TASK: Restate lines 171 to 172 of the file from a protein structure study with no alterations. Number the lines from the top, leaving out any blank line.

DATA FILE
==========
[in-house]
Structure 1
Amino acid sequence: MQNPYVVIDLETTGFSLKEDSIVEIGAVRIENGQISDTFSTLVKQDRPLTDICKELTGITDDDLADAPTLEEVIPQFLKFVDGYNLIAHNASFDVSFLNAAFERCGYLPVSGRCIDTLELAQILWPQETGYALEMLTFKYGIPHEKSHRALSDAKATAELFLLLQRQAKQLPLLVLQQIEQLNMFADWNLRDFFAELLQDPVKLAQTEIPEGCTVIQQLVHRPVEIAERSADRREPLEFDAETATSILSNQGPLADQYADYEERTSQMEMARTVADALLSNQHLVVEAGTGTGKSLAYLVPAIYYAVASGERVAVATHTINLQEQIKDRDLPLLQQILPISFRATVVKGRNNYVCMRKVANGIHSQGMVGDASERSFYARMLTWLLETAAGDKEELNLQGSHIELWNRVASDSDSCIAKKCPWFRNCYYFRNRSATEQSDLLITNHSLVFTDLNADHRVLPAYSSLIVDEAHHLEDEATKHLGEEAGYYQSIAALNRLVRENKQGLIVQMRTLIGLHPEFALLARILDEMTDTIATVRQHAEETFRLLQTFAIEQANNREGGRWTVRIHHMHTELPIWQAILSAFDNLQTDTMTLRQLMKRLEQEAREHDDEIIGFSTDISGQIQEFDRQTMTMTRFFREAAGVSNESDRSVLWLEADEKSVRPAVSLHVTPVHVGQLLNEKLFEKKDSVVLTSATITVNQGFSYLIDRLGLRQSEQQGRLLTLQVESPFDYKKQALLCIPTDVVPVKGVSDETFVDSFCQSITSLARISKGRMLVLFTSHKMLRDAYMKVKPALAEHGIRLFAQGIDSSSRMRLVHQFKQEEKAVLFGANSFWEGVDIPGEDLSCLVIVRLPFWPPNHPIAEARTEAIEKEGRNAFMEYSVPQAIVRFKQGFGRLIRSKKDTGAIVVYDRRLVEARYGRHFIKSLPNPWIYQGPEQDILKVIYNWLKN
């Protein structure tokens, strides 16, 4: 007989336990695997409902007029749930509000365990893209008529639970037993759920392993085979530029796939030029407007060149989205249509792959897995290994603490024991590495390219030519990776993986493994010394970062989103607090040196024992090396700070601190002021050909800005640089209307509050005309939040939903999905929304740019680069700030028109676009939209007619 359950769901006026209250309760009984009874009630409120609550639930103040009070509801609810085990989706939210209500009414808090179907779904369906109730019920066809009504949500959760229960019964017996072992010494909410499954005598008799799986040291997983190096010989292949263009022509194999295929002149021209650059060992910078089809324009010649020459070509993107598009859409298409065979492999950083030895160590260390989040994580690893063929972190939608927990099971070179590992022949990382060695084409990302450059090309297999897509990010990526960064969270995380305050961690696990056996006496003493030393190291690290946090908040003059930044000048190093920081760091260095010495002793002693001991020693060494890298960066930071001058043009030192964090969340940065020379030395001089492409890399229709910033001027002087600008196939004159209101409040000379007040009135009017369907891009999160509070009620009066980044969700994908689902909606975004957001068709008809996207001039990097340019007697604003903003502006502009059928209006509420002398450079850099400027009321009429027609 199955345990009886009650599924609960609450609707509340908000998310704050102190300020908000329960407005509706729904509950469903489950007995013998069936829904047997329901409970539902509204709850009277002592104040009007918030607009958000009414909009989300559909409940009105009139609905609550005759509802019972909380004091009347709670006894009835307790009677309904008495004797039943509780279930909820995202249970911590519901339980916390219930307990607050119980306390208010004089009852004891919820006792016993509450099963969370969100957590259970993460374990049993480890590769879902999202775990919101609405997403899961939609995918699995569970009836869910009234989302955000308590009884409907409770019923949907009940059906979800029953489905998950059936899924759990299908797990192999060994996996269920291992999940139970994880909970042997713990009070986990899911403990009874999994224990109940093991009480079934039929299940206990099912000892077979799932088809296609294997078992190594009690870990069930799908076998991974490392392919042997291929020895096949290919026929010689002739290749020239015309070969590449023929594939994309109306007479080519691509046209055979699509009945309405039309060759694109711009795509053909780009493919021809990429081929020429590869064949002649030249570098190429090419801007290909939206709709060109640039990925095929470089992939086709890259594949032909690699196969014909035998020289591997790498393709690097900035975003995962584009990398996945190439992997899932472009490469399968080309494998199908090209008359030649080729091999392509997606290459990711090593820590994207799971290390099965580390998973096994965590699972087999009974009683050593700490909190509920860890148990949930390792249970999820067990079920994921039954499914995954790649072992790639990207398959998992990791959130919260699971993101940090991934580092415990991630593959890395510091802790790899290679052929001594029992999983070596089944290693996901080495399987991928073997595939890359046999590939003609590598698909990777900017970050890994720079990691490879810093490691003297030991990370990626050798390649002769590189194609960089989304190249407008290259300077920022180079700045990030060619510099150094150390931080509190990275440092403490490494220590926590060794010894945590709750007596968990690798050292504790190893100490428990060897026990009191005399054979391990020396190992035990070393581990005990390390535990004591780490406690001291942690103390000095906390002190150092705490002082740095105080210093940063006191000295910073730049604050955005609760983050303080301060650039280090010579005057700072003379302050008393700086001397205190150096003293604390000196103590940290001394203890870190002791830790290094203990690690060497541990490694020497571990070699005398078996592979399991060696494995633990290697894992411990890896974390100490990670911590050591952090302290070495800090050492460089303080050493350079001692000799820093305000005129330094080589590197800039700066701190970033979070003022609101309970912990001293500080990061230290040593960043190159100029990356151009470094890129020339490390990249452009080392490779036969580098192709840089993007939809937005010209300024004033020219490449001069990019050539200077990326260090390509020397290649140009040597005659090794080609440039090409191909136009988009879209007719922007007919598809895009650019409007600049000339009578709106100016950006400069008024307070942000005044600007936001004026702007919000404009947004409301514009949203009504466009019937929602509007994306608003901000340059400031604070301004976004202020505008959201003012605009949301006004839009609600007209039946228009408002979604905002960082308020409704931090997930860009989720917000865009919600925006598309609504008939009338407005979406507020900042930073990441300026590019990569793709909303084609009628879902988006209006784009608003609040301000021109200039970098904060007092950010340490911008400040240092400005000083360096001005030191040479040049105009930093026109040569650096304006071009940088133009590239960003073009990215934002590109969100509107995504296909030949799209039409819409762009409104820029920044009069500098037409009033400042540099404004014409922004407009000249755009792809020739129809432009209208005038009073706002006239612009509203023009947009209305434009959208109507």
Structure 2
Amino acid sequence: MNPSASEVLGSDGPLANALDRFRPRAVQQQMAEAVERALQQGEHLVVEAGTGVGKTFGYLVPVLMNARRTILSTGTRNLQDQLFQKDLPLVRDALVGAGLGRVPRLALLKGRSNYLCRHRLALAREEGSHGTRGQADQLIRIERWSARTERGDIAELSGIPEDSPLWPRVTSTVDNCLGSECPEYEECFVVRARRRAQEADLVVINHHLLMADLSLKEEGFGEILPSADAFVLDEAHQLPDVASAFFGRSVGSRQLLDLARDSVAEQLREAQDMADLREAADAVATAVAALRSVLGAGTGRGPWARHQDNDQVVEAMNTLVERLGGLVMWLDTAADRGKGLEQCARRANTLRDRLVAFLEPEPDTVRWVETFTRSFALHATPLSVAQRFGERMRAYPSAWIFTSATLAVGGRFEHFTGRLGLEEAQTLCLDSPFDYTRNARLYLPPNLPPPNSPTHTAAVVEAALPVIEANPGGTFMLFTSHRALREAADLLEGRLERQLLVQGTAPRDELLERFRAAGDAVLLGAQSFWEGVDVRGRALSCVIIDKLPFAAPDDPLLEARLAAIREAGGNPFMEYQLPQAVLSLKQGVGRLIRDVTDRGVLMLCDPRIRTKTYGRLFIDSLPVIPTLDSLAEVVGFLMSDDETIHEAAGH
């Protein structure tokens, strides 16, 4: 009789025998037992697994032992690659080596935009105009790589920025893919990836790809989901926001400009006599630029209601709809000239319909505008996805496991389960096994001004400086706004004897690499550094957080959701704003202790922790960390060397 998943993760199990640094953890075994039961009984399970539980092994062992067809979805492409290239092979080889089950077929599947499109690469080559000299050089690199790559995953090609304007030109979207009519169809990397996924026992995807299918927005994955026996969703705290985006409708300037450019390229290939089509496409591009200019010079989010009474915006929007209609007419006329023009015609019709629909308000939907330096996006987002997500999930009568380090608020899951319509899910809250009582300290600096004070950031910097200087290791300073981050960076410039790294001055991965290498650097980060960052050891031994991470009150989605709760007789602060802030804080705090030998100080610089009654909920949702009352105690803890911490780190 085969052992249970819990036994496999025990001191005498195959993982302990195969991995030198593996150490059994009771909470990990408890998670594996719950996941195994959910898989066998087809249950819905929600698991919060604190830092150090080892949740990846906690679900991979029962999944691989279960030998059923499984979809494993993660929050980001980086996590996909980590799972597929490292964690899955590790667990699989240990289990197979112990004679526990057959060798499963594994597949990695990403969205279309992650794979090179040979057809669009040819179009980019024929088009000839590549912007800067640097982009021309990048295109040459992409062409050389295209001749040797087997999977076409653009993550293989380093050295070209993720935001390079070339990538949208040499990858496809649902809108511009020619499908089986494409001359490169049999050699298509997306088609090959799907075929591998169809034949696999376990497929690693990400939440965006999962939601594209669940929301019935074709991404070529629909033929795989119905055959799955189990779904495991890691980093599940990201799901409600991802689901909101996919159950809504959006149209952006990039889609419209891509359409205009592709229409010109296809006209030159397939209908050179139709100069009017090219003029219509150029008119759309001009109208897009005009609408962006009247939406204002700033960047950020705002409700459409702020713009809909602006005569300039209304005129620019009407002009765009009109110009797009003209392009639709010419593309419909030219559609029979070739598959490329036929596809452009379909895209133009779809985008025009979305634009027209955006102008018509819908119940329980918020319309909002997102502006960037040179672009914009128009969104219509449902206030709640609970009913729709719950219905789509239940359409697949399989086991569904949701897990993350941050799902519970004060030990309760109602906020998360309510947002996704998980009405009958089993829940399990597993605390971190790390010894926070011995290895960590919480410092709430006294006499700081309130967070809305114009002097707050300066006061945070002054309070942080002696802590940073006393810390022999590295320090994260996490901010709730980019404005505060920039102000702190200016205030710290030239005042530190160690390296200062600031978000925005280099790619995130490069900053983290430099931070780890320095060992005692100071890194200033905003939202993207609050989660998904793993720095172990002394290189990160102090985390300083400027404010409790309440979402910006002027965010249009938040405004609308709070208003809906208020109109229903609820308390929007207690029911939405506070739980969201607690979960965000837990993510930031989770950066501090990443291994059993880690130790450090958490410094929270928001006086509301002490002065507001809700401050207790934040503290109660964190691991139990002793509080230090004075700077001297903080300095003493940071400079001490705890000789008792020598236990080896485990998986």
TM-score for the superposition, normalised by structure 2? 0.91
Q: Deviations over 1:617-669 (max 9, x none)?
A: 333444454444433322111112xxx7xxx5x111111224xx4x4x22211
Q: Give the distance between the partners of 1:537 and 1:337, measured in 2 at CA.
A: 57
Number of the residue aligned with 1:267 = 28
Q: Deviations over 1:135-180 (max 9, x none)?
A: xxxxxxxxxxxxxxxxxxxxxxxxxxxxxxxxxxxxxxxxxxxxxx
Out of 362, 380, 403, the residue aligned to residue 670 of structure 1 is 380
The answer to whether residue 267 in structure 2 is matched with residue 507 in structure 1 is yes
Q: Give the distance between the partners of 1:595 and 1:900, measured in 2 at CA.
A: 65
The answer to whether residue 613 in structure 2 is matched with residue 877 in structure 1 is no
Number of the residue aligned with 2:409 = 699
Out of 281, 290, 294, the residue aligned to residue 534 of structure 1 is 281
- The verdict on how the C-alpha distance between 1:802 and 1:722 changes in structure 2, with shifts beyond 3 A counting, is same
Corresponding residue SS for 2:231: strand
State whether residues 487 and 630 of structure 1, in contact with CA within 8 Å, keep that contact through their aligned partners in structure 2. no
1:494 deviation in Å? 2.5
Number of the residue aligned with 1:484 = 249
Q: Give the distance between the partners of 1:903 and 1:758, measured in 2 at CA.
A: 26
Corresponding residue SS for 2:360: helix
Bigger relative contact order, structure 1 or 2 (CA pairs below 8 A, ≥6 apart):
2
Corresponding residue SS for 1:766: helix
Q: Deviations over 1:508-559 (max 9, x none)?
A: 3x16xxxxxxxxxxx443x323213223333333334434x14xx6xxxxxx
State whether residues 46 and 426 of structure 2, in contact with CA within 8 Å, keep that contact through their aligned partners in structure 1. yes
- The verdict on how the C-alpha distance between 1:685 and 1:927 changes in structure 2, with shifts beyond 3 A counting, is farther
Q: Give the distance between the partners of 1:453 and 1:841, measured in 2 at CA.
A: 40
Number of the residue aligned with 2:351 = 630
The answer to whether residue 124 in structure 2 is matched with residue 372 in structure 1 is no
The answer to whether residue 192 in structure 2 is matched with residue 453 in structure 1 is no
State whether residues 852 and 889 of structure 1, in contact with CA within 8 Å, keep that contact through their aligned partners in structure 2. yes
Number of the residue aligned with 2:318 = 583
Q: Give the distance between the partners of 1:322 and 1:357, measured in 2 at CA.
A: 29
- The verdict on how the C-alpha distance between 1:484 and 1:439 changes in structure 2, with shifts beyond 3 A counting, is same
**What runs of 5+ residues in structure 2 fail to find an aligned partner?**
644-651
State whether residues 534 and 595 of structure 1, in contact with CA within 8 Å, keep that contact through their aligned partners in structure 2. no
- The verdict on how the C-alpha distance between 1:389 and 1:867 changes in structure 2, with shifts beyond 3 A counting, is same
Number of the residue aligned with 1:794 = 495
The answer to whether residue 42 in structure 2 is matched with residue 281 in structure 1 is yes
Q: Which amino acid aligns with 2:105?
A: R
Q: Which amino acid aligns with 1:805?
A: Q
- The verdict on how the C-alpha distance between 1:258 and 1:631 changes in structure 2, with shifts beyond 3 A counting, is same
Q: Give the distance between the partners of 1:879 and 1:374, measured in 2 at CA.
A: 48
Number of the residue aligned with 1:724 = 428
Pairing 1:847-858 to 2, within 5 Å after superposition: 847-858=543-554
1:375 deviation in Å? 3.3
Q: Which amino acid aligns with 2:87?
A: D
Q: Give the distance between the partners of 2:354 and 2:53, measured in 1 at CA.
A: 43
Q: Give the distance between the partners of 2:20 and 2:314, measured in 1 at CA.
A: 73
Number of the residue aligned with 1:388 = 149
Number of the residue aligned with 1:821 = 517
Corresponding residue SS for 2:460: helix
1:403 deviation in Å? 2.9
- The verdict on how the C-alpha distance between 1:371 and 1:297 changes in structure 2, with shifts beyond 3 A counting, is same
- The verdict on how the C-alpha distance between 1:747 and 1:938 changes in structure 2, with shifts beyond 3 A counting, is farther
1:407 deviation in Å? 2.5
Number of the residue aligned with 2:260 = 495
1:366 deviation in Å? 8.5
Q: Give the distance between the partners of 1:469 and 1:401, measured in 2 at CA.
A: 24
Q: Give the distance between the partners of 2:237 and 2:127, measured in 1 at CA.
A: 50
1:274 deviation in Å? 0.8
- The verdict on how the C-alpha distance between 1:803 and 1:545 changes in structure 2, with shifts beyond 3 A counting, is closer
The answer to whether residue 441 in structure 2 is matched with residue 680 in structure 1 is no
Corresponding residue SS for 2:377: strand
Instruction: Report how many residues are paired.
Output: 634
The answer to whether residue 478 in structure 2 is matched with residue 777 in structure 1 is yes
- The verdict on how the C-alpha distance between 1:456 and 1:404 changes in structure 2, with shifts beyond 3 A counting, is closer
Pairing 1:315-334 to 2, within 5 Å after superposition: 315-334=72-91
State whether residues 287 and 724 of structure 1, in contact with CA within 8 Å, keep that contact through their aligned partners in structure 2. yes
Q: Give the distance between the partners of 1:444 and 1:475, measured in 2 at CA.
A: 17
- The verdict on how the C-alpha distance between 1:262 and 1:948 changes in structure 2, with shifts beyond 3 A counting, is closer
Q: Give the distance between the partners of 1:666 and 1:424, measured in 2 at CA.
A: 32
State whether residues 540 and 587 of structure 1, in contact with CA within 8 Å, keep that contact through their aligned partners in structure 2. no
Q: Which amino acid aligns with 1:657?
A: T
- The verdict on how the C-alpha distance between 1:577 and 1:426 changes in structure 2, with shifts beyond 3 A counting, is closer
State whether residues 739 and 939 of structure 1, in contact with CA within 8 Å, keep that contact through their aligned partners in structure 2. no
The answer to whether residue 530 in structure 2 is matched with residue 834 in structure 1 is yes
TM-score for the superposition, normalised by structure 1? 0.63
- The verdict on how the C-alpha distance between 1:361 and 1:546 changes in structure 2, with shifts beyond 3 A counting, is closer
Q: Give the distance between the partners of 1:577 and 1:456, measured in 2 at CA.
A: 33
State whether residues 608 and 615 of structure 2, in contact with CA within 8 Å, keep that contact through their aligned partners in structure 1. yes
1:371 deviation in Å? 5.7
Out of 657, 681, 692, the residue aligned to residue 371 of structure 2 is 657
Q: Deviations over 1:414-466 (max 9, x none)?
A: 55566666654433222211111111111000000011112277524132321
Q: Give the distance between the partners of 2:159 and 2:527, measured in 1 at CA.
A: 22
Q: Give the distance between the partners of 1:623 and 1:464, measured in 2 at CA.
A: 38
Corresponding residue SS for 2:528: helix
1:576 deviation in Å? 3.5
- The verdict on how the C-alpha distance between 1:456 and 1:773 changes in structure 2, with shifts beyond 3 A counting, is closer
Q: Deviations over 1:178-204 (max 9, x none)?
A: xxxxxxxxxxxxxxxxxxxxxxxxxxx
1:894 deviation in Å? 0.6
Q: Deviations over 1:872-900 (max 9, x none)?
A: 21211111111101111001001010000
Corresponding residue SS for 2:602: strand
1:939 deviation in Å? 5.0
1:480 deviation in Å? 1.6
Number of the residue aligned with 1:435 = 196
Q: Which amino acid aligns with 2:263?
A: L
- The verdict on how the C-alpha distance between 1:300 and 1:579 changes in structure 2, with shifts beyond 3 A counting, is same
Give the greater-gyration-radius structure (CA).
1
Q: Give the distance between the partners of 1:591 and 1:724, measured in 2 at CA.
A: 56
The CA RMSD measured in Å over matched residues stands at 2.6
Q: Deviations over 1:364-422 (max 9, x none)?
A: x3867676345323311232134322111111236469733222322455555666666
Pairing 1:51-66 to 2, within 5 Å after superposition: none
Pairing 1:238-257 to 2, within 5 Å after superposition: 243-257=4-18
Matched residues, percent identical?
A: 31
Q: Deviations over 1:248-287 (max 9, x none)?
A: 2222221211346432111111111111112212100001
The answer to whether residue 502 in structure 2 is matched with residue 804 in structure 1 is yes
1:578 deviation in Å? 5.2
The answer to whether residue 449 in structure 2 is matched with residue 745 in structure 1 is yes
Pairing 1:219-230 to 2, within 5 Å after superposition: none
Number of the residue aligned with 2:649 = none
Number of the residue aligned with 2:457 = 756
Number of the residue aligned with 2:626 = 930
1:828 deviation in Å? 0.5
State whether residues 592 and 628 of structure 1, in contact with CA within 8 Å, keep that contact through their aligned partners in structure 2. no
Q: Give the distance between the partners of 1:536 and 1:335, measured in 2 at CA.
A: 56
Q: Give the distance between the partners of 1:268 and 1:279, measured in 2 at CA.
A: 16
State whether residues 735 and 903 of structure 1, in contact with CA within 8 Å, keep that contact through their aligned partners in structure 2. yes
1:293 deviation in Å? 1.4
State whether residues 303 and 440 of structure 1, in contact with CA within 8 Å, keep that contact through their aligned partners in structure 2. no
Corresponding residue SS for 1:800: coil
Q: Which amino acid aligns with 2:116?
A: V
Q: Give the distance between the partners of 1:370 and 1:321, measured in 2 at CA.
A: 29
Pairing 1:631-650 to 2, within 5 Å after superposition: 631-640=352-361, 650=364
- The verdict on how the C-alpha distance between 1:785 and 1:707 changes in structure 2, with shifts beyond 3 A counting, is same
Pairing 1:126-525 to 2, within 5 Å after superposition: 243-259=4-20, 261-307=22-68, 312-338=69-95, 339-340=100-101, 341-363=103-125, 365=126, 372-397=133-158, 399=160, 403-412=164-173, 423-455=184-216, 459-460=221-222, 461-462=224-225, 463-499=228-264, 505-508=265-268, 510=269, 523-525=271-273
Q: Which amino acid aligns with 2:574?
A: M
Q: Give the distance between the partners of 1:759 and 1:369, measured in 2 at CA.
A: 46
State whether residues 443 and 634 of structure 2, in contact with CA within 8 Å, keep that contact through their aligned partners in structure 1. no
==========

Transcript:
Q: Give the distance between the partners of 1:759 and 1:369, measured in 2 at CA.
A: 46